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More US H-2B visas for temporary workers

Thanks to the massive Omnibus spending bill signed by Obama on 18 December 2015 to avoid a possible "Government Shutdown" there is in effect an increase in the 66,000 H-2B visas available for fiscal year 2016. The H-2B non-agricultural non-immigrant visa program allows foreign nationals to enter the US to take up temporary non-agricultural jobs offered by employers where there is a proven shortage. From 18 January 2016 nationals of the following 16 Countries will be added to the program:

  • Andorra;
  • Belgium;
  • Brunei;
  • Colombia;
  • Finland;
  • France;
  • Germany;
  • Greece;
  • Lichtenstein;
  • Luxembourg;
  • Malta;
  • Monaco;
  • San Marino;
  • Singapore;
  • Taiwan;
  • Timor-Leste.

More H-2B Visas due to Omnibus Spending Bill

The DHS said: "The total number of foreign nationals who may be issued an H-2B visa or otherwise granted H-2B status during a fiscal year has a statutory numerical limit, or 'cap'."

US Congress has set the current H-2B cap at 66,000 per fiscal year, divided into 33,000 for foreign workers who commence employment in the first half of the fiscal year, which runs from October 1 to March 31, and a further 33,000 who start employment in the second half of the fiscal year running from April 1 to September 30.

From the first half of the fiscal year, should any H-2B visas go unused, they will be made available to employers looking to recruit foreign workers during the second part of the fiscal year. Under the Omnibus spending bill returning H-2B visa workers are exempt from the H-2B visa cap.

H-2B Visa Process Difficult

The DHS revealed that 14,235 foreign workers had benefitted from the H-2B visa, whether approved or awaiting a decision from them, as of December 14, 2015. However, US employers have concerns about the H-2B visa process.

Qualifying for an H-2B visa places the responsibility on employers lodging an application to prove that there are no US workers who are able, willing and possess the necessary qualifications to carry out the temporary work.

The employer must also prove that hiring a temporary foreign worker will not have an adverse impact on wages and working conditions of US workers employed in a similar capacity. Furthermore, there's a requirement for the employer to show that the need for foreign labor is temporary.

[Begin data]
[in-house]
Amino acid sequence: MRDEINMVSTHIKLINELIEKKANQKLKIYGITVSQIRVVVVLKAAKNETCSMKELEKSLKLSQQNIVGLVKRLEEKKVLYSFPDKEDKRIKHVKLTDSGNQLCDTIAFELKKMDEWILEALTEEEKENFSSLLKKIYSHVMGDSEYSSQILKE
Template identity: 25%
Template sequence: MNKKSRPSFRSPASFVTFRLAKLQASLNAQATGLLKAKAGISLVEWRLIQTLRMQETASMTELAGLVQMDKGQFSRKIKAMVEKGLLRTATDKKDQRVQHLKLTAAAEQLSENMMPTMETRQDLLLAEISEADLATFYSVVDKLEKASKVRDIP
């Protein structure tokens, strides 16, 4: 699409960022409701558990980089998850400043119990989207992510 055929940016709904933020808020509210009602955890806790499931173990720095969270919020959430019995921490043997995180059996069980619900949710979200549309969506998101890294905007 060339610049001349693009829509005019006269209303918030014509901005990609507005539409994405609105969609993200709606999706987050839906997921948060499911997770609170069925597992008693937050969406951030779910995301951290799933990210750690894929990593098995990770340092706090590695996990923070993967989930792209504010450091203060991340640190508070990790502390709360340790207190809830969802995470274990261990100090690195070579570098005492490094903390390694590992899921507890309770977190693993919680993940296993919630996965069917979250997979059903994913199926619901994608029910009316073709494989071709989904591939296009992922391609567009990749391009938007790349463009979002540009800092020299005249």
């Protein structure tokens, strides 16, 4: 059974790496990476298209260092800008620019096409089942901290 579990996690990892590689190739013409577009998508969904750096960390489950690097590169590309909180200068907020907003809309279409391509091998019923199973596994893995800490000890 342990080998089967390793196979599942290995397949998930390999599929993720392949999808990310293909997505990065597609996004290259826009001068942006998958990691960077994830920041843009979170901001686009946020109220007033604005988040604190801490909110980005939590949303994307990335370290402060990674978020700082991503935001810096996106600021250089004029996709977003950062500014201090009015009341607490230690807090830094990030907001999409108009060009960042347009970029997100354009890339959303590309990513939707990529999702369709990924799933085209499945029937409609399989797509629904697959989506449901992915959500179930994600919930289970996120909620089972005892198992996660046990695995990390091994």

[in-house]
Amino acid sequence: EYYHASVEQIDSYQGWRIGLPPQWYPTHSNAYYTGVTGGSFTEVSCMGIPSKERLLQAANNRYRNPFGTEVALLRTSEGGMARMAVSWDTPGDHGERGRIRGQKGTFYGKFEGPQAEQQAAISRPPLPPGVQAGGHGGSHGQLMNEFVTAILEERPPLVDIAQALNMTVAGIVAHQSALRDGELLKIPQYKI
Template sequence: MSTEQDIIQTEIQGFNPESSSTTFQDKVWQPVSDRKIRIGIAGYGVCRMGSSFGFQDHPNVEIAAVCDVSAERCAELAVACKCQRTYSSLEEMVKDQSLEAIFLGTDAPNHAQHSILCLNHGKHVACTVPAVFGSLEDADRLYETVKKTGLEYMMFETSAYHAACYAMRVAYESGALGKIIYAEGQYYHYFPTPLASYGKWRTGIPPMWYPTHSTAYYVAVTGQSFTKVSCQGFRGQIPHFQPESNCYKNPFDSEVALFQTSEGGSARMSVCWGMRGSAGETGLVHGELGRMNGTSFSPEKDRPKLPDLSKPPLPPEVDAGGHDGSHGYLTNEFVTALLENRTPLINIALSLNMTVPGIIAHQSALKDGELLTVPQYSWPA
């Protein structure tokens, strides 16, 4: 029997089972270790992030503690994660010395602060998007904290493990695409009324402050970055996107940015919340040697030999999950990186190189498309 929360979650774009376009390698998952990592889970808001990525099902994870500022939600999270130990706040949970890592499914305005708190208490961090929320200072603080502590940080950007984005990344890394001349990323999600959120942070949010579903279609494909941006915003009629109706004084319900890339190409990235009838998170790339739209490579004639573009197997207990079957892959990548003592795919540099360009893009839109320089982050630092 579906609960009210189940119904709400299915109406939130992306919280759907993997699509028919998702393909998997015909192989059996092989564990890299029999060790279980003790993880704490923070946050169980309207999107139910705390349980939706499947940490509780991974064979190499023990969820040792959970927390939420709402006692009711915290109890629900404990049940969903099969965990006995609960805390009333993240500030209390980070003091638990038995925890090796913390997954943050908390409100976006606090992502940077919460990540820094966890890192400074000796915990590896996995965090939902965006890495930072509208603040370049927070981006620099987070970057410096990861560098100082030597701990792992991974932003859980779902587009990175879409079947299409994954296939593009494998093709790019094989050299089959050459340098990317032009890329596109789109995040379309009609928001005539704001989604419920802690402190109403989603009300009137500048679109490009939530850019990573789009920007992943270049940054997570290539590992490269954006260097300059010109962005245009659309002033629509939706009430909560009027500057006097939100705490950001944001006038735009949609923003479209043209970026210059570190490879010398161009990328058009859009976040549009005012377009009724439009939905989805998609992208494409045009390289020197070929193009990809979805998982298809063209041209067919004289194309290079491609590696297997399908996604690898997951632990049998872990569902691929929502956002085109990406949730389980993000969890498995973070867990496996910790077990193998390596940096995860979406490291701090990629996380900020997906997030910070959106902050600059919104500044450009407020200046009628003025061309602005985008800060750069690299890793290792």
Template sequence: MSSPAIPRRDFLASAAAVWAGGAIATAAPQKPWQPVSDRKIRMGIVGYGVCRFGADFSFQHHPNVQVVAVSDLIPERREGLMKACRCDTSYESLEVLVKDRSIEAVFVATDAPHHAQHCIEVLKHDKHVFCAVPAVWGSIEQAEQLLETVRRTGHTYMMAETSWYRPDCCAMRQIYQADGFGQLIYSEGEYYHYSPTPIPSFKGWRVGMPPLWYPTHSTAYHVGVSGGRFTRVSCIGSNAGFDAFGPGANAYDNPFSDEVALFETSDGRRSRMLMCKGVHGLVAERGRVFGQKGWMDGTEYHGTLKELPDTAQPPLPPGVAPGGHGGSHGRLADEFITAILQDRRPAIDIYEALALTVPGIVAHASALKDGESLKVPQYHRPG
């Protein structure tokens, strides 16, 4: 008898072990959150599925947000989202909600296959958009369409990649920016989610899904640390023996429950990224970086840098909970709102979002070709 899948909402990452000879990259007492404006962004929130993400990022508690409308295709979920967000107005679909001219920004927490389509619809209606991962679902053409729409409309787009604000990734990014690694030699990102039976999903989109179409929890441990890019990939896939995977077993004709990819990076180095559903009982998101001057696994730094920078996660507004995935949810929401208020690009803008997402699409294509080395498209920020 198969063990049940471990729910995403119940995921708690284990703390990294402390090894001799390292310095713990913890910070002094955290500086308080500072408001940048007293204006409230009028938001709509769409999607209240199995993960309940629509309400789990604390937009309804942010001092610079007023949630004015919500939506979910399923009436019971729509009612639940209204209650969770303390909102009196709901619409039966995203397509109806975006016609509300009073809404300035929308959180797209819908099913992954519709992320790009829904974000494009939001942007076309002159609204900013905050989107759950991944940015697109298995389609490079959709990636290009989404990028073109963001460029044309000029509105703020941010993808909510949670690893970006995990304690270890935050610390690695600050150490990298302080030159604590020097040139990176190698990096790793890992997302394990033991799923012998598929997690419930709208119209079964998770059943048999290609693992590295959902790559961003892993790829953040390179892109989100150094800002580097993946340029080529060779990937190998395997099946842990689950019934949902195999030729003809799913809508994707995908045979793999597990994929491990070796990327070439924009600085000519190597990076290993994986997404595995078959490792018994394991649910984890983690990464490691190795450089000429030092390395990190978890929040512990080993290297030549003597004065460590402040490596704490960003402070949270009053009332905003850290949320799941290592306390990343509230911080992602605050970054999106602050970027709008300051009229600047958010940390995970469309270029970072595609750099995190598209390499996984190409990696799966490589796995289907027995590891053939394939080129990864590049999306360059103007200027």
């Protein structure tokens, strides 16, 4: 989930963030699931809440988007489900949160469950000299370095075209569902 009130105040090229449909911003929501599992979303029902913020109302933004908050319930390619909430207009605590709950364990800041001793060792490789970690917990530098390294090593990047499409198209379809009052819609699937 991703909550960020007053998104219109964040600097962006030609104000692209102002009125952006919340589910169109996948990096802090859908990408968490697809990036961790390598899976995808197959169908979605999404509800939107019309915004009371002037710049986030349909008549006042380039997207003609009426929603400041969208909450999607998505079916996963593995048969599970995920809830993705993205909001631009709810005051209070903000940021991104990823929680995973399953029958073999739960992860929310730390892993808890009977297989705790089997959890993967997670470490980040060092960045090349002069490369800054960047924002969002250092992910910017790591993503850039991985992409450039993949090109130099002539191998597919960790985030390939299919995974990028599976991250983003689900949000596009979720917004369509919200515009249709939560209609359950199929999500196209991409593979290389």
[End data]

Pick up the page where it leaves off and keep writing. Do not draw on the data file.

H-2B Temporary Labor Certification required to show shortage

An owner of a home care staffing agency, who wanted to remain anonymous, said: "It's not cheap to hire foreign workers for temporary or contract work. The scale of processing the H-2B petition alone, and filing for the needed documentation for immigration and labor is an arduous process."

The unnamed agency owner further complained of a labor shortage and an acute lack of 'quality care-givers,' saying "I was considering hiring more people from the Philippines, but I am having second thoughts due to the long process."

For many employers, filing the required documents for the non-immigrant visa petition and temporary labor certification is just one of the expenses that they have to deal with. They may also need to offer board and lodgings to temporary workers they hire. Many employers are having to carefully consider whether it is worth the time and effort to employ an H-2B visa worker in the first place.

H-2B visa expansion

There have been some hysterical attacks by some in the media about expansion of the H-2B visa scheme. Changes in the law due to some visas issued in the past not being counted towards the cap mean more visas being available. It is not certain how many more visas will actually be issued due to the changes. As it is difficult obtaining an H-2B visa in the first place it may very well turn out to be the case that the increase in visas will not be that significant. The H-2B visa for skilled or unskilled workers has never been anything like as popular as the H-1B visa for graduate level specialty workers.

Critics of the recently expanded H-2B visa program, approved in December 2015 by Congress as part of a huge spending bill, say that foreign workers will be exploited, take jobs from US workers and make wages static, according to USA Today – a popular US newspaper. Many will say that this is unlikely. There are more restrictions on employing a workers on an H-2B visa than employing an American citizen or permanent resident.

USA Today quoted the executive director of the Center for Immigration Studies, Mark Krikorian, who said: "What business owners are trying to get here is captive workers –people who are desperate and won't complain no matter how they are treated…they're importing a servile class…there's no excuse for this." Mr Krikorian it should be noted has links with the extreme right and has made a number of statements in the past that are not actually true.

Businesses support increase in H-2B Visas

The H-2B Workforce Coalition - an alliance of more than 40 industry groups that lobbied for temporary non-farm workers to be issued with H-2B visas – refutes Kerkorian's assessment of US business motives, stating that the program does not allow employers to exploit foreign labor.

The seasonal worker provision has the backing of a group of industry sectors that includes beach resorts, construction companies, hotels, restaurants, seafood processors and ski resorts.

Advocates of reforms to the H-2B visa program say that it will help US companies to recruit enough workers to carry out jobs that are vital to businesses for meeting consumer demand during peak seasons.